[Cryptography] Toxic Combination

Jerry Leichter leichter at lrw.com
Mon Dec 1 00:00:28 EST 2014

On Nov 30, 2014, at 4:55 PM, Guido Witmond <guido at witmond.nl> wrote:
> I'm starting to consider the combination of current best practice with
> server certificates and password to be a Toxic Combination.
> The general issue is twofold:
>    People need to validate the authenticity of a site before typing in
> their password;
>    The password gets transmitted to the other party.
> Most people assume that if it looks like their bank and the address bar
> is green then it should be safe. Regrettably, it’s not. Criminals obtain
> valid certificates using stolen creditcards and passports.
The weaknesses of current PKI system are well documented.  There are examples governments getting false credentials by having effective control over CA's.  But I'm not aware of any attack in which criminal organizations got a fake EV certificate (it would have to be an EV cert to turn the address bar green).  The *potential* vulnerabilities are real and there are a number of ideas out there (cert pinning, certificate transparency, others) that would make them much hard to pull off.  Nevertheless, at the moment, this does not appear to be a vulnerability that's widely exploited.

> The true method for authenticating a site requires verification of server
> certificate fingerprints. And if you don’t know what that means, you
> have to spot the spelling errors, the differences in layout and other
> mistakes to detect the scammers. Good luck!
No clue what this is supposed to mean.  Checking certificate fingerprints would only be useful if you had some independent way of know what those fingerprints were supposed to be.  What would that independent way be?  This sounds like a poor man's approach to certificate pinning - which is automated, not based on human matching.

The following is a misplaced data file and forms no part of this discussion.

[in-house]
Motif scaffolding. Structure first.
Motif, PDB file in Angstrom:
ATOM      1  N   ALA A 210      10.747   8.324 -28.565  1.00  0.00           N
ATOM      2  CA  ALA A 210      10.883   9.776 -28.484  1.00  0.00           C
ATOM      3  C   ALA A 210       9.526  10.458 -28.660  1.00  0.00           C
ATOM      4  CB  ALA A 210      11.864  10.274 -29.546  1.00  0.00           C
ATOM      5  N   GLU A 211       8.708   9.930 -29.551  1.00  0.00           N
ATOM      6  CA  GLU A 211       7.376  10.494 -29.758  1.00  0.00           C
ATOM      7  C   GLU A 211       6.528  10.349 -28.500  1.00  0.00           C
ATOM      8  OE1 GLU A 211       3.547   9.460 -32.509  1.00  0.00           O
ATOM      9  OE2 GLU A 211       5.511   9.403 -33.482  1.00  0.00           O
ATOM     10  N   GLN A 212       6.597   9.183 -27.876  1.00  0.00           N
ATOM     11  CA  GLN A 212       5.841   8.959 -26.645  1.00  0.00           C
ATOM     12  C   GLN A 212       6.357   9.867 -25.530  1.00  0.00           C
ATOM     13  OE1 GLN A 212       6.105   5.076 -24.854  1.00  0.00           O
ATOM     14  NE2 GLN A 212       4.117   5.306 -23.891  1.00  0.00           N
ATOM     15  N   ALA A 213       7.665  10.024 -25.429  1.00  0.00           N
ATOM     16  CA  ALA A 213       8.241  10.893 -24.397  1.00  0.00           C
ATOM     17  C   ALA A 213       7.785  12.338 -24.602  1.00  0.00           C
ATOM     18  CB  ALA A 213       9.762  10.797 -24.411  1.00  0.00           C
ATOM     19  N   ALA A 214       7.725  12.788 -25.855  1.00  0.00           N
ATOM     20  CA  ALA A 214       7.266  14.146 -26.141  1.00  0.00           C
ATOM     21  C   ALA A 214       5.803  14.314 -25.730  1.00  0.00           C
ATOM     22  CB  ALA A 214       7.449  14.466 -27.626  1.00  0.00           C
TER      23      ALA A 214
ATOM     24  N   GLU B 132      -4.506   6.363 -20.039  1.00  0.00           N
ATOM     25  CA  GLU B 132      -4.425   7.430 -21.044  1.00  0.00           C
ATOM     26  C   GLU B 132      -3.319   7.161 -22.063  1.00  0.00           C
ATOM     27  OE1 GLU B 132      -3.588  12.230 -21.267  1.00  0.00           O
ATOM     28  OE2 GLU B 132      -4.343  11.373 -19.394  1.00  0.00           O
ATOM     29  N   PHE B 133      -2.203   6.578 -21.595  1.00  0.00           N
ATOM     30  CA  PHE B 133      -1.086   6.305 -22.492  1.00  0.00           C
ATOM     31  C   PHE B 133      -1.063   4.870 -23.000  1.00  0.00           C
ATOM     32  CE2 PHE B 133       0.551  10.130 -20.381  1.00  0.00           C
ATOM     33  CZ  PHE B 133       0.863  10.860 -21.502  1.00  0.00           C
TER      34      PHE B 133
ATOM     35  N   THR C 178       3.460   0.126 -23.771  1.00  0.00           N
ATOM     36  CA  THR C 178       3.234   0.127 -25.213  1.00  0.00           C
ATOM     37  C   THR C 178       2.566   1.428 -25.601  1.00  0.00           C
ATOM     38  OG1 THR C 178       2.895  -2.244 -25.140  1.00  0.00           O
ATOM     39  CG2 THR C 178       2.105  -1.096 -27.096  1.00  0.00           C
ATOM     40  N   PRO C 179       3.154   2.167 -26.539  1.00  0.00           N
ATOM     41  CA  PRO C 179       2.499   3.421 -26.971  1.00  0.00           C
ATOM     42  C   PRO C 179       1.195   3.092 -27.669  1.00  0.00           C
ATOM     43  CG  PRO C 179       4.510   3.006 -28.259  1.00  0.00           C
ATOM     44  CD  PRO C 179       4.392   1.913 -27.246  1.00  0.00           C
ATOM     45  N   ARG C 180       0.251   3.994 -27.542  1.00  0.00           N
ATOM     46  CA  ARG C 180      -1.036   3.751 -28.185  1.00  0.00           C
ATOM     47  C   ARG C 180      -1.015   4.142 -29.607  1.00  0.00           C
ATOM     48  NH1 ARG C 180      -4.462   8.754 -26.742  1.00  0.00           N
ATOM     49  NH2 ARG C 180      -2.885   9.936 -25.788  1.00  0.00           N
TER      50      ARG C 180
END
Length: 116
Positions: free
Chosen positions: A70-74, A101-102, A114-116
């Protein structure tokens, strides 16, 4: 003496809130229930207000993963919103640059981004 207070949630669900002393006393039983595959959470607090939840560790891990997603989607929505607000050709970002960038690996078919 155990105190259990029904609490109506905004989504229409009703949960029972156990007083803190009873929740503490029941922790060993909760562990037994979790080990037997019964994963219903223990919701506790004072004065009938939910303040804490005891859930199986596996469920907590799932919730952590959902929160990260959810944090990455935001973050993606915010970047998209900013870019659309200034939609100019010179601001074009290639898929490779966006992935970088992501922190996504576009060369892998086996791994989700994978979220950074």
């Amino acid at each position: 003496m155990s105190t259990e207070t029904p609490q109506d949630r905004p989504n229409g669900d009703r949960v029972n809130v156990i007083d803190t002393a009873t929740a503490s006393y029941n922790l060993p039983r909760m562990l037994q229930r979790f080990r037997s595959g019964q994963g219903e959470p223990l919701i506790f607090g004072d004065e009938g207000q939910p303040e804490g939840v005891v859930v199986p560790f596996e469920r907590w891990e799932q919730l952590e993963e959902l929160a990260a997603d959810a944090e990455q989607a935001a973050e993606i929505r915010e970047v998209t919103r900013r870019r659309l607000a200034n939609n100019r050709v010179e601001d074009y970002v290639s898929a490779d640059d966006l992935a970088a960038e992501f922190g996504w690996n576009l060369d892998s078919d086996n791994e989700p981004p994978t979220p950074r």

> The second part is just as problematic: The password must remain secret,
> yet it must be transmitted to the other side to log in.
I'm unaware of any broad attacks based on stealing passwords this way.  Why bother?  If you can get the user to trust a bogus site, you just act as a MITM of the conversation.  No problem with slight (or major) differences in how the site looks - it *is* the real site.  Send whatever commands you want.

> This is the Toxic Combination. One failure to detect a scammer’s site
> and the password is compromised. The scammers can do everything that you
> can do with the password.
Again, this is a *potential* vulnerability, but it's not one that scammers are exploiting in any big way.  It's so much easier to steal the password file from the site itself.  It may not even be hashed - and if hashed, is often hashed using bad techniques, make brute force attacks easy.  And then people re-use passwords on other sites.

Security is not an absolute; it's about managing risk.  The *actual* risk of an attack by "scammers" based on getting a fake certificate and successfully impersonating a site in order to get passwords appears to be very small; other risks are *much* greater.  (Again, if you're talking about attacks by intelligence agencies and similar institutions, the story is different - but in many ways, making it a much harder problem.)  There are a number of mechanisms out there that ameliorate entire classes of related risks, including these.

                                                        -- Jerry

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